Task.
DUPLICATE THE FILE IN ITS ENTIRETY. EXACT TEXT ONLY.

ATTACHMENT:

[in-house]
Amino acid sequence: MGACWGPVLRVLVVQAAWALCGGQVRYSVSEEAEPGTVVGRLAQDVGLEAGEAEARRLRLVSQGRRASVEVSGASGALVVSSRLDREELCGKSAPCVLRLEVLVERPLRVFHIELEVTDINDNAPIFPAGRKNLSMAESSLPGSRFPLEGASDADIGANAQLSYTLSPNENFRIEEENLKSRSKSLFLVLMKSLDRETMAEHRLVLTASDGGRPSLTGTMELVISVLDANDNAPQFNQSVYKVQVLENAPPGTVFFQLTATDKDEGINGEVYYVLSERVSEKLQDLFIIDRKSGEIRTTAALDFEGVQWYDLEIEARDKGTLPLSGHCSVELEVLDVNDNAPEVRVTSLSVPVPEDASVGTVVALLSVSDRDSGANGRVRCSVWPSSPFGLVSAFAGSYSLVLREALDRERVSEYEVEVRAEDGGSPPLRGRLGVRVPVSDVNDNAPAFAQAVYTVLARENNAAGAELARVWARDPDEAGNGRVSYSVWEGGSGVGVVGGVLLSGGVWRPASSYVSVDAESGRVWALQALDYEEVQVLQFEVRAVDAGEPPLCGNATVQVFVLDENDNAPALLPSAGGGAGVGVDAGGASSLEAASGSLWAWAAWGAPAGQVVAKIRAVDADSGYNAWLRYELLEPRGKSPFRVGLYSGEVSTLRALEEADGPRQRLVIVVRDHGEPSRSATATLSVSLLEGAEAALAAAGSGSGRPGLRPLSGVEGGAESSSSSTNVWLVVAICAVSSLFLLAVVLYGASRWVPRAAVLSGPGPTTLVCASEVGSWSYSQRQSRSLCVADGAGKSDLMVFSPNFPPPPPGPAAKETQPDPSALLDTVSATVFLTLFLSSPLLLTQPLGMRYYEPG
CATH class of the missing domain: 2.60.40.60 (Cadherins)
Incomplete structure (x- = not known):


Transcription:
[in-house]
Amino acid sequence: MGACWGPVLRVLVVQAAWALCGGQVRYSVSEEAEPGTVVGRLAQDVGLEAGEAEARRLRLVSQGRRASVEVSGASGALVVSSRLDREELCGKSAPCVLRLEVLVERPLRVFHIELEVTDINDNAPIFPAGRKNLSMAESSLPGSRFPLEGASDADIGANAQLSYTLSPNENFRIEEENLKSRSKSLFLVLMKSLDRETMAEHRLVLTASDGGRPSLTGTMELVISVLDANDNAPQFNQSVYKVQVLENAPPGTVFFQLTATDKDEGINGEVYYVLSERVSEKLQDLFIIDRKSGEIRTTAALDFEGVQWYDLEIEARDKGTLPLSGHCSVELEVLDVNDNAPEVRVTSLSVPVPEDASVGTVVALLSVSDRDSGANGRVRCSVWPSSPFGLVSAFAGSYSLVLREALDRERVSEYEVEVRAEDGGSPPLRGRLGVRVPVSDVNDNAPAFAQAVYTVLARENNAAGAELARVWARDPDEAGNGRVSYSVWEGGSGVGVVGGVLLSGGVWRPASSYVSVDAESGRVWALQALDYEEVQVLQFEVRAVDAGEPPLCGNATVQVFVLDENDNAPALLPSAGGGAGVGVDAGGASSLEAASGSLWAWAAWGAPAGQVVAKIRAVDADSGYNAWLRYELLEPRGKSPFRVGLYSGEVSTLRALEEADGPRQRLVIVVRDHGEPSRSATATLSVSLLEGAEAALAAAGSGSGRPGLRPLSGVEGGAESSSSSTNVWLVVAICAVSSLFLLAVVLYGASRWVPRAAVLSGPGPTTLVCASEVGSWSYSQRQSRSLCVADGAGKSDLMVFSPNFPPPPPGPAAKETQPDPSALLDTVSATVFLTLFLSSPLLLTQPLGMRYYEPG
CATH class of the missing domain: 2.60.40.60 (Cadherins)
Incomplete structure (x- = not known):